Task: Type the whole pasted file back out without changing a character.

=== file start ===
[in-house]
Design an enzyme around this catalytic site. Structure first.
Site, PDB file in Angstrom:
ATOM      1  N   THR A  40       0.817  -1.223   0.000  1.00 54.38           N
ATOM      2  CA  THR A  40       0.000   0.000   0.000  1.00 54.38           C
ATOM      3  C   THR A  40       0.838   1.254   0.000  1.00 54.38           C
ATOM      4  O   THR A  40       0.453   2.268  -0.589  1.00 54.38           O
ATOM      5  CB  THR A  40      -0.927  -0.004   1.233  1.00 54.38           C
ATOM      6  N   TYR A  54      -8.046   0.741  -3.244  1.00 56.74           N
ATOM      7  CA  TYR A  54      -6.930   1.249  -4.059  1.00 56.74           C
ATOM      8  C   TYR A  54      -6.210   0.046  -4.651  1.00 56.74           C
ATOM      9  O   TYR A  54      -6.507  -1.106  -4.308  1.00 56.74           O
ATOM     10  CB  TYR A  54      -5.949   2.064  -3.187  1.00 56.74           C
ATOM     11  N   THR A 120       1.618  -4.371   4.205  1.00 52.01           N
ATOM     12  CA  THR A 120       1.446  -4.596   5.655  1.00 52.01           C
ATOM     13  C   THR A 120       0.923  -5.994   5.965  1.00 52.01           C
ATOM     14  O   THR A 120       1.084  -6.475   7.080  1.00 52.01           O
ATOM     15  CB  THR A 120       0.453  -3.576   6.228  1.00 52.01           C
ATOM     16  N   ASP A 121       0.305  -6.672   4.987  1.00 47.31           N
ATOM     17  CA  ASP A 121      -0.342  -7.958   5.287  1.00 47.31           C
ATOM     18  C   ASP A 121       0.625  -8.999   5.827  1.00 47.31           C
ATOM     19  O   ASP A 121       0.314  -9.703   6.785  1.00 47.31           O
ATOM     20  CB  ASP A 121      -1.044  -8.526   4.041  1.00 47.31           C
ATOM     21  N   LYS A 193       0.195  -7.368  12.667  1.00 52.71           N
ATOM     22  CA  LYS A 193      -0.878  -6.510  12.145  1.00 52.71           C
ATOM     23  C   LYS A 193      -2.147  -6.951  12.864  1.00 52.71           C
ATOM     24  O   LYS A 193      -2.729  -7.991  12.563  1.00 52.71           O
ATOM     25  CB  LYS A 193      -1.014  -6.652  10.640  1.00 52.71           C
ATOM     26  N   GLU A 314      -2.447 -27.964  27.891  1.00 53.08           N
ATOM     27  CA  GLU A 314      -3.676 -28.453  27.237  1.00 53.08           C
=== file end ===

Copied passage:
[in-house]
Design an enzyme around this catalytic site. Structure first.
Site, PDB file in Angstrom:
ATOM      1  N   THR A  40       0.817  -1.223   0.000  1.00 54.38           N
ATOM      2  CA  THR A  40       0.000   0.000   0.000  1.00 54.38           C
ATOM      3  C   THR A  40       0.838   1.254   0.000  1.00 54.38           C
ATOM      4  O   THR A  40       0.453   2.268  -0.589  1.00 54.38           O
ATOM      5  CB  THR A  40      -0.927  -0.004   1.233  1.00 54.38           C
ATOM      6  N   TYR A  54      -8.046   0.741  -3.244  1.00 56.74           N
ATOM      7  CA  TYR A  54      -6.930   1.249  -4.059  1.00 56.74           C
ATOM      8  C   TYR A  54      -6.210   0.046  -4.651  1.00 56.74           C
ATOM      9  O   TYR A  54      -6.507  -1.106  -4.308  1.00 56.74           O
ATOM     10  CB  TYR A  54      -5.949   2.064  -3.187  1.00 56.74           C
ATOM     11  N   THR A 120       1.618  -4.371   4.205  1.00 52.01           N
ATOM     12  CA  THR A 120       1.446  -4.596   5.655  1.00 52.01           C
ATOM     13  C   THR A 120       0.923  -5.994   5.965  1.00 52.01           C
ATOM     14  O   THR A 120       1.084  -6.475   7.080  1.00 52.01           O
ATOM     15  CB  THR A 120       0.453  -3.576   6.228  1.00 52.01           C
ATOM     16  N   ASP A 121       0.305  -6.672   4.987  1.00 47.31           N
ATOM     17  CA  ASP A 121      -0.342  -7.958   5.287  1.00 47.31           C
ATOM     18  C   ASP A 121       0.625  -8.999   5.827  1.00 47.31           C
ATOM     19  O   ASP A 121       0.314  -9.703   6.785  1.00 47.31           O
ATOM     20  CB  ASP A 121      -1.044  -8.526   4.041  1.00 47.31           C
ATOM     21  N   LYS A 193       0.195  -7.368  12.667  1.00 52.71           N
ATOM     22  CA  LYS A 193      -0.878  -6.510  12.145  1.00 52.71           C
ATOM     23  C   LYS A 193      -2.147  -6.951  12.864  1.00 52.71           C
ATOM     24  O   LYS A 193      -2.729  -7.991  12.563  1.00 52.71           O
ATOM     25  CB  LYS A 193      -1.014  -6.652  10.640  1.00 52.71           C
ATOM     26  N   GLU A 314      -2.447 -27.964  27.891  1.00 53.08           N
ATOM     27  CA  GLU A 314      -3.676 -28.453  27.237  1.00 53.08           C